Athenogoras (ca. 177 AD) says that the use of drugs to cause abortion is murder.
“How, then, when we do not even look on, lest we should contract guilt and pollution, can we put people to death? And when we say that those women who use drugs to bring on abortion commit murder, and will have to give an account to God for the abortion, on what principle should we commit murder? For it does not belong to the same person to regard the very fœtus in the womb as a created being, and therefore an object of God’s care, and when it has passed into life, to kill it; and not to expose an infant, because those who expose them are chargeable with child-murder, and on the other hand, when it has been reared to destroy it. But we are in all things always alike and the same, submitting ourselves to reason, and not ruling over it.” (emphasis added)
But his contemporary, Clement of Alexandria says (Miscellanies, Book V, Chapter 1, ca. 193 AD),
“Now we know that neither things which are clear are made subjects of investigation, such as if it is day, while it is day; nor things unknown, and never destined to become clear, as whether the stars are even or odd in number; nor things convertible; and those are so which can be said equally by those who take the opposite side, as if what is in the womb is a living creature or not.” (emphasis added)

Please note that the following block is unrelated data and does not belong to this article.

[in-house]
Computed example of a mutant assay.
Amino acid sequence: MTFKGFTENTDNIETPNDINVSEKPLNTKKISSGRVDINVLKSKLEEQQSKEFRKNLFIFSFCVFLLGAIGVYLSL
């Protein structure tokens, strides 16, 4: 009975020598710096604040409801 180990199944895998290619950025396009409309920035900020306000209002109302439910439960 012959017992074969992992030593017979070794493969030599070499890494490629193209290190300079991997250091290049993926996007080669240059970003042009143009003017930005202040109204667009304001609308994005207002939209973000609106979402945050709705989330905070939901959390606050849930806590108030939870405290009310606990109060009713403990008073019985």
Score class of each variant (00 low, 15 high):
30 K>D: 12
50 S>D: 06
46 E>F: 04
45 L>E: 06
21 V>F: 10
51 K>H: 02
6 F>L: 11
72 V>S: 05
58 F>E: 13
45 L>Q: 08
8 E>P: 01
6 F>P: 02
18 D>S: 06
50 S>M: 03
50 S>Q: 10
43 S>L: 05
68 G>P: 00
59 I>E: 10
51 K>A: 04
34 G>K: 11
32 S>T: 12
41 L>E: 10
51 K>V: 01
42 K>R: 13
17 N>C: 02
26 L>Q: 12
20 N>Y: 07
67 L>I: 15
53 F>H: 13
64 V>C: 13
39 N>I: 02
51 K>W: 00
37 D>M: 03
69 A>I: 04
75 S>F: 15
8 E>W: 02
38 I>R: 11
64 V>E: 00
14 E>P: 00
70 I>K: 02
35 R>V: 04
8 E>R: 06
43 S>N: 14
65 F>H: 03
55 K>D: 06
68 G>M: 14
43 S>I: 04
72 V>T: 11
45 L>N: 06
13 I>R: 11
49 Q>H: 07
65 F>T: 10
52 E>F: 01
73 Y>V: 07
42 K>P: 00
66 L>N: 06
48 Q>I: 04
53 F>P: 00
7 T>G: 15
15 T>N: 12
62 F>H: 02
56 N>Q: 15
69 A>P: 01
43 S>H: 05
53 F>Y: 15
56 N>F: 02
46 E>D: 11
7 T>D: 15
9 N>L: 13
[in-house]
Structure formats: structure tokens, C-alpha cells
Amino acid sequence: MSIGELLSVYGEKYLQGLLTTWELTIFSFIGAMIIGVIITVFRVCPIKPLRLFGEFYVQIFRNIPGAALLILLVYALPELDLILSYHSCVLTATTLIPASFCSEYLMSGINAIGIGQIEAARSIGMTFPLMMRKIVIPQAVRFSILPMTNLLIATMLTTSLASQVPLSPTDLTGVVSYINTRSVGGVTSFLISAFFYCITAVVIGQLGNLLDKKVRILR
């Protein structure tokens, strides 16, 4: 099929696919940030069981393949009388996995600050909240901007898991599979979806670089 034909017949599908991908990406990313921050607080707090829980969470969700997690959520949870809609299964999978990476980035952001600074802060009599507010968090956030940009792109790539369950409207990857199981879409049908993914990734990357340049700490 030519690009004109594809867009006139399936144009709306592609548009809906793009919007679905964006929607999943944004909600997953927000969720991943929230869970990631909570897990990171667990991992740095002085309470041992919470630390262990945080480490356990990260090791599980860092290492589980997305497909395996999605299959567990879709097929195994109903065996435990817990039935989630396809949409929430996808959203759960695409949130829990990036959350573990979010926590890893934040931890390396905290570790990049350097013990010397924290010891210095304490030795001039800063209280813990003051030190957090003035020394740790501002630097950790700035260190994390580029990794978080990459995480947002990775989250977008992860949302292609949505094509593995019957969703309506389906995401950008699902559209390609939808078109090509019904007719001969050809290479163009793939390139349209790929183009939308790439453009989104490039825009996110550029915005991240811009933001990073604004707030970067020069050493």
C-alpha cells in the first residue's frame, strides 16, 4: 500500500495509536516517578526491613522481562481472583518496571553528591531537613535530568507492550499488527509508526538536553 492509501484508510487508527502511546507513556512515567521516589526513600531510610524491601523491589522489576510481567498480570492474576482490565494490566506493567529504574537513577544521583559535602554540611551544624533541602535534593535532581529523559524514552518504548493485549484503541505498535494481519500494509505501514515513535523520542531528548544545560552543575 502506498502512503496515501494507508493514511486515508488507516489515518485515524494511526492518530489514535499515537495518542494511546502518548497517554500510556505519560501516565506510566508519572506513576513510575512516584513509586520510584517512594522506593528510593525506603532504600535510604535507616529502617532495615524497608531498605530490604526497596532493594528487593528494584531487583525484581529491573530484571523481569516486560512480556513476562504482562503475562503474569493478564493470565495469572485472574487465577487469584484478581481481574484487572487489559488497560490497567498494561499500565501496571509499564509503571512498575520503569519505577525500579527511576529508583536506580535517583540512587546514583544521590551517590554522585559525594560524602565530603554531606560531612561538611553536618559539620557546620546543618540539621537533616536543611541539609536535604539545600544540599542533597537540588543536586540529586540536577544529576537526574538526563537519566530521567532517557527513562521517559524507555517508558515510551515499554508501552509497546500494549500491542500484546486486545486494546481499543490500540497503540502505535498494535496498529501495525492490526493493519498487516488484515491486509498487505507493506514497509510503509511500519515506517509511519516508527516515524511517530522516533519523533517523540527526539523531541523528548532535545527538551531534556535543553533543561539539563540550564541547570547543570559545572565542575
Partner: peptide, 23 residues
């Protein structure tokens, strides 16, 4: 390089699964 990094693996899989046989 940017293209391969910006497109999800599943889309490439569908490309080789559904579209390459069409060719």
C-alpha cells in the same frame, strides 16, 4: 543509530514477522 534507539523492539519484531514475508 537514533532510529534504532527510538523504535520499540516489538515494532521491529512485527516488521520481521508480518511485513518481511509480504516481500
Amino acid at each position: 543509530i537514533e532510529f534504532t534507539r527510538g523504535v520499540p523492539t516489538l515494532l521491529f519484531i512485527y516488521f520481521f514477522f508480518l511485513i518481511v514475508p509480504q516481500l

In short, the Bible is not clear as to when life begins. That’s not surprising, since that was never a subject of discussion in the time and place when its relevant parts were written. In the second century after Christ, there was a difference of opinion as well. Athenogoras thought a fetus was a person, but Clement of Alexandria opined that we could not know because there were good arguments on both sides.